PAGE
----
I feared I had lost my son to his friends and to teenage life so I lured him into the High Sierra to celebrate his 18th birthday, and then threw him off a cliff.
Extreme, I know; but for those of you who work long hours, travel often, or ever worry about spending enough time with your kids, you can understand why I had to do it.
I had been gone so frequently, and had been so busy when I was home, that I went almost two months with hardly saying a word to him.
After spending over 16 years in the military including a decade in the SEAL teams my family became more than accustomed to me away on deployments and secret missions that would obscure my whereabouts for months. We were pretty good at it, thinking that when I left the Teams in 2008 things in our family could only get better, now that I wouldn’t be gone for months on end.
We figured “Quality Time” would show up in this soon to be “Quantity of time.” We could not have been more wrong. It would turn out that the closer I was to home the further I would be away from my family.
We all wake up everyday at home, go to work, and then come back home. Even if we go away for a few days on business we don’t really need to be “gone.” Phone, email, FaceTime, etc. keeps us no further than a few clicks away from “Home.”
Our Bodies Are There, But Where Are We?
They say “Home is where the heart is,” and for most of us our bodies may be present, but our hearts couldn’t be further away.
As parents we are competing with extreme circumstances. Since we are competing with a world of extreme when it comes to getting the attention of our kids, I’ve found that meeting extreme with extreme works well.
Even if your kid is only 5 years old he or she has nothing else to compare you to besides what they see on TV. Dangle your kid off a cliff and he quickly starts paying attention to the “Old Man.”
After miles of rugged off-road 4X4 only terrain we finally found ourselves atop an amazing mountain: overlooking a sea of painted trees, endless valleys and distant cliffs.
I got out of the truck and stood by my son just hoping for a miracle. Wishing that he would, once more, lean his head onto my shoulder and tell me he loves me, like he did as a child when I’d return from some far off place.
Then out of nowhere “CRACK!”, the, very out of place, sound of lightning striking just yards away from us. This was particularly concerning since there wasn’t a cloud in the sky.
Now certain we are taking fire from an obscure Sequoia tree hating terrorist cell holed up in Kings Canyon National forest, I begin to scan for threats. Then another “CRACK,” but this time the movement catches my scan. “Jason look, a tree is falling! ” We both set our attention on the massive tree, reaching the end of its time. In what seems like slow motion, the tree lists like a sinking ship, then hyper-accelerates to the ground splitting itself in two as it crashes around a more sturdy neighbor.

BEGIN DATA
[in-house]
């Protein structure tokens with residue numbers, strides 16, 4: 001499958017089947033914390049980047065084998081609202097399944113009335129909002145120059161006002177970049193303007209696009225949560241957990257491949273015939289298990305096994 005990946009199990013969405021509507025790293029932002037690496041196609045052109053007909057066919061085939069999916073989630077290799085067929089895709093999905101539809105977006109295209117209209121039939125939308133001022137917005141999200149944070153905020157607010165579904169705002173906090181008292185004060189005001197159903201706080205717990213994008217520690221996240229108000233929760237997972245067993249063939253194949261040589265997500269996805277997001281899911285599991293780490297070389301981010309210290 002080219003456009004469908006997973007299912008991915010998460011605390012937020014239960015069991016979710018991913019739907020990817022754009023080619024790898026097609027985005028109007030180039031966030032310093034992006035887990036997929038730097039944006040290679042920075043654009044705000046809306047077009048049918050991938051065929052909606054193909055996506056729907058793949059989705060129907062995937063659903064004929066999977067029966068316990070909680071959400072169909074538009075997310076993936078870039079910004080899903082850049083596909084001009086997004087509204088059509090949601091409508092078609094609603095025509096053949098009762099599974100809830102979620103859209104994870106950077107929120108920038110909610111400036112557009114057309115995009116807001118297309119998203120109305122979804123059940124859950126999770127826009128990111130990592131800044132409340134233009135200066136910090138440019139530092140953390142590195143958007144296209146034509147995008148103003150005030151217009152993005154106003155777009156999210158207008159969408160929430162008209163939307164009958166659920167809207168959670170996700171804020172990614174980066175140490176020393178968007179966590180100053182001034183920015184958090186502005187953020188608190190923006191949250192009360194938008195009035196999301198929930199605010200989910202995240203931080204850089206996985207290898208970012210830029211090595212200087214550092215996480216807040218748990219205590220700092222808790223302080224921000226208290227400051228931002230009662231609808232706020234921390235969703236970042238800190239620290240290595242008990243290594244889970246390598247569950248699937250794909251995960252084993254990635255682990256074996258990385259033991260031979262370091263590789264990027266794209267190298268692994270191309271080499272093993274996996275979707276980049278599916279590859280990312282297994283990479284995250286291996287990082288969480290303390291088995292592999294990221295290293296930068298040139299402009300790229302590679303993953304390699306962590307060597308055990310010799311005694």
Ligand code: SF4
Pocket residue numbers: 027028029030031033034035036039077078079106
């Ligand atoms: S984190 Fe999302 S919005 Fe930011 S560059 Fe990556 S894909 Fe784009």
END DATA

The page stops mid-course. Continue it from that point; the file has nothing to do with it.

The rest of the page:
“Holy Shit Jason! Happy Birthday Buddy!”
In a flash we transformed from Eric and Jason back to father and son. Then, like the old tree that fell to give room for new life, I knew it was time for me to step aside so my son could become a man. Quality time had found us in the enduring nothingness called nature.
At The Dinner Table
The moment was beautiful – clearly a sign from above – time to throw my son off a cliff.
Now, we were both together, it was obviously time to find my cliff. During our drive in we noticed granite rocks just off the trail. After a few short minutes of scrambling about we found them: A perfect set of terraced stone walls up against the end of the world. It was late so we decided to eat dinner at the edge of infinity and forgo the cliff plunge until the next day.
I’ve often thought it strange that we regularly wait an hour for a good table at a restaurant but seldom will drive seven miles off road to eat a $7 backpacking meal on the edge of a cliff. This is the time and this is the place to dine with the past, present and future, to talk about everything.
Jason at the Cliff
Taking back what’s mine
There’s something about being the one to find the anchor points, tie the knots, rig your child’s climbing harness and set up the rappelling equipment. It puts you in a place of instant authority, control, and most of all trust.
Average is no longer the average in our world. It’s common place to see people base-jumping or literally flying over the earth before opening their parachutes.
The beauty, and our saving grace, of the extreme is that it’s all relative. I don’t care how many Youtube videos your kids have watched or how many X-games they’ve attended.
If it’s your first time crossing over the working end of a cliff with nothing more than your Dad’s knots and an “Atta Boy”, you’re now living in the extreme and the best part is that your Dad is now the hero keeping you alive…hopefully.
You’re boring and this story is just getting started.
So why am I telling you all of this? Certainly not so you can just post it on your facebook wall and tell people how interesting it is.
I’m sharing this story with you so that you will show your kids how much you love them – while you still can – by throwing them off a cliff.
I became fed up with looking online for things to do with my kids. The ideas are so boring that even Martha Stewart would have passed on them while she was still in prison.
It’s no wonder kids are turning to pop culture and drugs the moment they get a minute on your iPad.
This is the article that got the book "Raising Men - Lessons we learned in SEAL training and taught to our sons" started.
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